Company Brings Fast Housing, New Jobs To Bay St. Louis

Bay St. Louis city leaders are calling it a win, win situation. A new home building company has set up shop in town. Not only will it provide jobs to the people of the storm ravaged community, but will also breathe life into a building that's been vacant for three years.

Anchor Custom Homes has purchased the old Alcan plant. The 170,000 square foot building will be used to make what some call "instant homes."

"We expect to be able to produce minimum of one house per day. When we're running 24 hours a day, we should be up to two to three per day," owner Gerald Mallon said.

The company will employee about 25 people initially, but by year's end that number is expected to grow significantly.

"We should probably be also having support groups out doing foundations and on site assembly... so probably about 150 by the end of the year," Mallon said.

The custom homes will be assembled in sections at the plant, then delivered to a home site and set up quickly.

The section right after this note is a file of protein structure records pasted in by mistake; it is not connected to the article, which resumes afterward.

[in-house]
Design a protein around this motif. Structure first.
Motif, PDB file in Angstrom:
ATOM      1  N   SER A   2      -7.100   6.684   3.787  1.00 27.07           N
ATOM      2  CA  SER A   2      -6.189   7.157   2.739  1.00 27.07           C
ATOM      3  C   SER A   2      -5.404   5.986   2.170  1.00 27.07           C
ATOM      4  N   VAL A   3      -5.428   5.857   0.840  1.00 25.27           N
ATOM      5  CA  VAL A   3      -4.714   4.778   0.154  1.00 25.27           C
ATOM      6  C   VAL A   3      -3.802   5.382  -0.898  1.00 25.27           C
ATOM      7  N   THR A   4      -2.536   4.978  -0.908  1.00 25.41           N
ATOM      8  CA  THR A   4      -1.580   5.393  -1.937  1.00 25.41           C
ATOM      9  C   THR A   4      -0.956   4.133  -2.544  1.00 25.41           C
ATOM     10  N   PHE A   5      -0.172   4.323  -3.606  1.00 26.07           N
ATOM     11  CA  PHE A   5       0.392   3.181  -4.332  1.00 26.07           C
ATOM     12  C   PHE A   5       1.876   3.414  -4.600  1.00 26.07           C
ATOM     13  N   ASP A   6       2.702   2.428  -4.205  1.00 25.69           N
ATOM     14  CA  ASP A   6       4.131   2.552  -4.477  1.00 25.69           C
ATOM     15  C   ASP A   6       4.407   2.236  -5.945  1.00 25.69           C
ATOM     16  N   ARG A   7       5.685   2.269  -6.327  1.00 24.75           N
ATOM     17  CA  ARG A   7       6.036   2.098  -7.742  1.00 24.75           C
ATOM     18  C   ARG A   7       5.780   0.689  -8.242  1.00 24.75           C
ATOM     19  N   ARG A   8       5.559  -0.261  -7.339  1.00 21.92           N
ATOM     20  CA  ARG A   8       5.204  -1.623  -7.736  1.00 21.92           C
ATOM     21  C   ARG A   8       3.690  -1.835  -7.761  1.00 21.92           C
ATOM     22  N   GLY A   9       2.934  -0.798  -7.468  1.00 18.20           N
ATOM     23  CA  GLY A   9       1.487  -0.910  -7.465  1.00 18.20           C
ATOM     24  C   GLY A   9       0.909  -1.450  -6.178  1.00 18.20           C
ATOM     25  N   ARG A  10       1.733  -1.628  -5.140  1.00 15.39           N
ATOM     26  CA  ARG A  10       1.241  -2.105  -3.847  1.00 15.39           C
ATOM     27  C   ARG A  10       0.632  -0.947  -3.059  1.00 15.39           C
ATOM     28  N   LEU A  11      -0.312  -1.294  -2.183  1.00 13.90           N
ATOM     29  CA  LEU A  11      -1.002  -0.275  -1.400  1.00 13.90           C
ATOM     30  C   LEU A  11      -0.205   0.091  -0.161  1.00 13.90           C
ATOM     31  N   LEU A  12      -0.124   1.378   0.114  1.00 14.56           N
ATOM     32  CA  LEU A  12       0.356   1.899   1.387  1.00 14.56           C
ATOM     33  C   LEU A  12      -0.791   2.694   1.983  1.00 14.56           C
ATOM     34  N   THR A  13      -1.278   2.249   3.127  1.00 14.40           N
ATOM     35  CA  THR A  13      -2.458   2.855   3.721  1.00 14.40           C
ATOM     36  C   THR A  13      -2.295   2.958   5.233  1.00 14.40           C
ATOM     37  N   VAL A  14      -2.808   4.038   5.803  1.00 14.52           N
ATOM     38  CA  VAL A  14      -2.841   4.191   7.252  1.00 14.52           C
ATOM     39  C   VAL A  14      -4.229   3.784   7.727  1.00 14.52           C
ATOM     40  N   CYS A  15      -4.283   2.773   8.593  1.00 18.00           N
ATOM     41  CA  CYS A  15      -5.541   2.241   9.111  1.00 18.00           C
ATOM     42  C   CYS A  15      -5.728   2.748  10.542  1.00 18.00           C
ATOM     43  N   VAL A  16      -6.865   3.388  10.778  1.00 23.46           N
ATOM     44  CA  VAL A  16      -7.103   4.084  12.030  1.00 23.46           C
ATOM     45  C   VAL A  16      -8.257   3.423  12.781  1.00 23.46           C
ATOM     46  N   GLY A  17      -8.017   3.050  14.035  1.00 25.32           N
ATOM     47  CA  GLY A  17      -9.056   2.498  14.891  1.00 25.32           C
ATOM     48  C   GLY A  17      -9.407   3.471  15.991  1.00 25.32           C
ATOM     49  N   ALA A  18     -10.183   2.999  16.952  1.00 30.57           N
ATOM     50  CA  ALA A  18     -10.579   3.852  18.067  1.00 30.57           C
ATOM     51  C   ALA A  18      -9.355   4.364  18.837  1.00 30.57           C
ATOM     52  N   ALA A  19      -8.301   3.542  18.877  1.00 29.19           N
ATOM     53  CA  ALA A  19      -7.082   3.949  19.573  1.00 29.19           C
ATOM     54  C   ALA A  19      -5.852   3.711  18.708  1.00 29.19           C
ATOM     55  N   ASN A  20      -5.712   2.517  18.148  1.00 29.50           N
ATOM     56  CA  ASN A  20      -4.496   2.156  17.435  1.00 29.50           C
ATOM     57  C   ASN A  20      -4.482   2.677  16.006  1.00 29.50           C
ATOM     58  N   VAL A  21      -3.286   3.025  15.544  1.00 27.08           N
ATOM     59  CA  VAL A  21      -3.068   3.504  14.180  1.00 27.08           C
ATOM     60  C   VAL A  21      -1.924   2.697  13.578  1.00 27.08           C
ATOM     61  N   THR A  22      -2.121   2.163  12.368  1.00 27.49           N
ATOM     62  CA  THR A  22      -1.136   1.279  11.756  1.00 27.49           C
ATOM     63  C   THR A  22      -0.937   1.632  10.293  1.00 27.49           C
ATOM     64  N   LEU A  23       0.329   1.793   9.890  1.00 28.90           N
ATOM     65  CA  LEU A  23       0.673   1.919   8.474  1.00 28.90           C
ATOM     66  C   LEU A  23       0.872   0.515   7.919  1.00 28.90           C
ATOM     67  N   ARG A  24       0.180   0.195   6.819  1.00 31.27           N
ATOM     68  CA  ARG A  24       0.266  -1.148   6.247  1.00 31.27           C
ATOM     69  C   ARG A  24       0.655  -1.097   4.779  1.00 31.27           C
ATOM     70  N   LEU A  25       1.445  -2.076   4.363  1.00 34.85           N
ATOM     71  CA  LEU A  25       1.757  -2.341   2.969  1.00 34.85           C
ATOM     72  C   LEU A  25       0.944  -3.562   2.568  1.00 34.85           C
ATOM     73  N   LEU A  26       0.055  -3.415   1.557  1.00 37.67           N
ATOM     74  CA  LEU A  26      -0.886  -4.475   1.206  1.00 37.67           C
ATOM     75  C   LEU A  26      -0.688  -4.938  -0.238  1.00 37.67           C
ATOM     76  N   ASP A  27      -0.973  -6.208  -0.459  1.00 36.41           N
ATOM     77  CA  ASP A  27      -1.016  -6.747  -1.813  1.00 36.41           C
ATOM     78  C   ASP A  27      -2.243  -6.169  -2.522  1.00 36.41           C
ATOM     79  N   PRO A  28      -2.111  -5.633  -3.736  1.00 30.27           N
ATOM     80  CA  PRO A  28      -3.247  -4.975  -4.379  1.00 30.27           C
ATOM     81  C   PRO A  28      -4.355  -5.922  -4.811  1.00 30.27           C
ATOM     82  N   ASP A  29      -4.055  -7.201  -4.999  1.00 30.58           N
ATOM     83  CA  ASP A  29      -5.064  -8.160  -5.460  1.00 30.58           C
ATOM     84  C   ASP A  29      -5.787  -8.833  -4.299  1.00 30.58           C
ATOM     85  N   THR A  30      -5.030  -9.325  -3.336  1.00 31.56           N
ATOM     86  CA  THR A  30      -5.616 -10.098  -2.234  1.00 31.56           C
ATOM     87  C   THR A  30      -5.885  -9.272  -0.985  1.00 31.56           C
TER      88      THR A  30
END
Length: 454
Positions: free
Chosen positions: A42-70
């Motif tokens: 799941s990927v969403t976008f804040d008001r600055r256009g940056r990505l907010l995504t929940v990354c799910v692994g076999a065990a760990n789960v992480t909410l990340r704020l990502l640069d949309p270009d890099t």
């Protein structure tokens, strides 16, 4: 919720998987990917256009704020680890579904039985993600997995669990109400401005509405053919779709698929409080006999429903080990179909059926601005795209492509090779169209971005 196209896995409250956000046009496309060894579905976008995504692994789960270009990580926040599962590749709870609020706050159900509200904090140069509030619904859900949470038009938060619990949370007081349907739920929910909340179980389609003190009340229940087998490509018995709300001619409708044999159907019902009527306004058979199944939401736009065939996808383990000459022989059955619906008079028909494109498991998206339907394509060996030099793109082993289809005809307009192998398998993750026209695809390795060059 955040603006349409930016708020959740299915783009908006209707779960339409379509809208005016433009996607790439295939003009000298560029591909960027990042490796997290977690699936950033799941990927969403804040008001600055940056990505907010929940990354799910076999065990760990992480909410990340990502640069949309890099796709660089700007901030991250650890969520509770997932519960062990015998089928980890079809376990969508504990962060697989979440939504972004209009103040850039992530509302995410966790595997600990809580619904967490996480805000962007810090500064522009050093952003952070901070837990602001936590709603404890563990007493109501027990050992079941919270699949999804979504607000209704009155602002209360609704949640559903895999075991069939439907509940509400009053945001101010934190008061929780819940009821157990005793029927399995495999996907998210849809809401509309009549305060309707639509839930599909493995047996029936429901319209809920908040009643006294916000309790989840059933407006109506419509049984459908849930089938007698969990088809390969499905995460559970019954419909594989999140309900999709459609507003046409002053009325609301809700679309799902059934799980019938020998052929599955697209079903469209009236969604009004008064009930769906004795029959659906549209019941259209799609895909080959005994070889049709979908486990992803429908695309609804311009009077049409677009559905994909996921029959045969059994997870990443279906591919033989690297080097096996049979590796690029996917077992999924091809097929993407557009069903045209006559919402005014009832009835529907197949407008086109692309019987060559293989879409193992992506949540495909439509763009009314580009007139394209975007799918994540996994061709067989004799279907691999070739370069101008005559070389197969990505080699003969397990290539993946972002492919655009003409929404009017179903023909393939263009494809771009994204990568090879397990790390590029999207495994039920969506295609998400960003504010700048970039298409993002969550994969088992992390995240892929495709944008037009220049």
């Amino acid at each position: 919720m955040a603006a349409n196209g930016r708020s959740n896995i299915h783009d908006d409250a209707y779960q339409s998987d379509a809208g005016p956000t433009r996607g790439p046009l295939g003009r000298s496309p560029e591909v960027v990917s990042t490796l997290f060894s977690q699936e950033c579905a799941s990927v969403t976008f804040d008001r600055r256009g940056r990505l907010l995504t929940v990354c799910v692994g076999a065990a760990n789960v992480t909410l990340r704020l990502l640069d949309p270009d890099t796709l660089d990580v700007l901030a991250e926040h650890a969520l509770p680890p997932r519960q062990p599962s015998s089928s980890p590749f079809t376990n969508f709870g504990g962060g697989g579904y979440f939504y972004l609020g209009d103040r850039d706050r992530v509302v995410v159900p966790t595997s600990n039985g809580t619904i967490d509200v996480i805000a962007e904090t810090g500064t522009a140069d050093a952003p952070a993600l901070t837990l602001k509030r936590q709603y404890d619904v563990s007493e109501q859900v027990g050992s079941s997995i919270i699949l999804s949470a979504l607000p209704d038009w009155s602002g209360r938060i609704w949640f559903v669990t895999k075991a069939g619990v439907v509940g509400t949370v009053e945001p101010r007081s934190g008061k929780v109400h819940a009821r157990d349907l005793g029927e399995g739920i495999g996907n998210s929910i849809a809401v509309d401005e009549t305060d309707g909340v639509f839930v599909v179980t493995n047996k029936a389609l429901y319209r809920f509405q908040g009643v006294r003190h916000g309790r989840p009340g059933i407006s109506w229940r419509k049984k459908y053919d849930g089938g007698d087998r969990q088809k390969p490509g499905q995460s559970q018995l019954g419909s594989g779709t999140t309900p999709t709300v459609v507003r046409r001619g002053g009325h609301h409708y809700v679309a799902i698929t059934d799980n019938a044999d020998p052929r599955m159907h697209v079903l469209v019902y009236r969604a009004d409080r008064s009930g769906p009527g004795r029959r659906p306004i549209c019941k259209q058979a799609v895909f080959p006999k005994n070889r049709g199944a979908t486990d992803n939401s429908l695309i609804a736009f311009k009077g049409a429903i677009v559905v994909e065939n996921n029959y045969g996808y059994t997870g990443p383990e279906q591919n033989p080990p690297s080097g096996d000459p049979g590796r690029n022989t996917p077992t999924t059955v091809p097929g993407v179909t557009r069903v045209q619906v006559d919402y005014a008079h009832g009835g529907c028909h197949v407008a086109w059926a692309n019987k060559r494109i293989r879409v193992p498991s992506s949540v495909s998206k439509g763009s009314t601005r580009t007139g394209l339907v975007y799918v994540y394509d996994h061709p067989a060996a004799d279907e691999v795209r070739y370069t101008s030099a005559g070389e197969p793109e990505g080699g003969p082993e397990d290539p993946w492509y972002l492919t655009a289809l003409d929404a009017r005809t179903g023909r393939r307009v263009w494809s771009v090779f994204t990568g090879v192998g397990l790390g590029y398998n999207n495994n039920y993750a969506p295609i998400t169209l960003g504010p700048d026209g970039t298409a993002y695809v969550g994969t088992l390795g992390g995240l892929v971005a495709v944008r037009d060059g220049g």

"Using the Henry Ford model of "move the line and keep the people stationary." That's basically what we're doing. And we'll use fork lifts to deliver the heavy components."

The homes are designed for hurricane prone areas.

"The materials that are used are materials that are for submerging in water, that recover. If the house, for example, was submerged in water, it dries itself out and you don't have to take it all apart. You may have some sheet rock on the inside, you don't have rewiring. you don't have all the different types of mold and growth products. The foam insulation we're using doesn't grow mold. "

Bay St. Louis Mayor Eddie Favre is excited about Anchor Custom Homes.

"From a contractor standpoint, we have so few contractors around who are able to turn products out as quickly as the needs are."

Favre says the company's timing couldn't be better.

"Most of our other businesses are still closed down and the employees are still looking for jobs elsewhere. So I think to provide employment, it helps the people be able to make that decision to stay home, to rebuild their lives rebuild their homes."

The company has been working closely with the Bay St. Louis Building Department to make sure the instant homes are designed and built to code. They hope to produce about a thousand new homes each year.

by Al Showers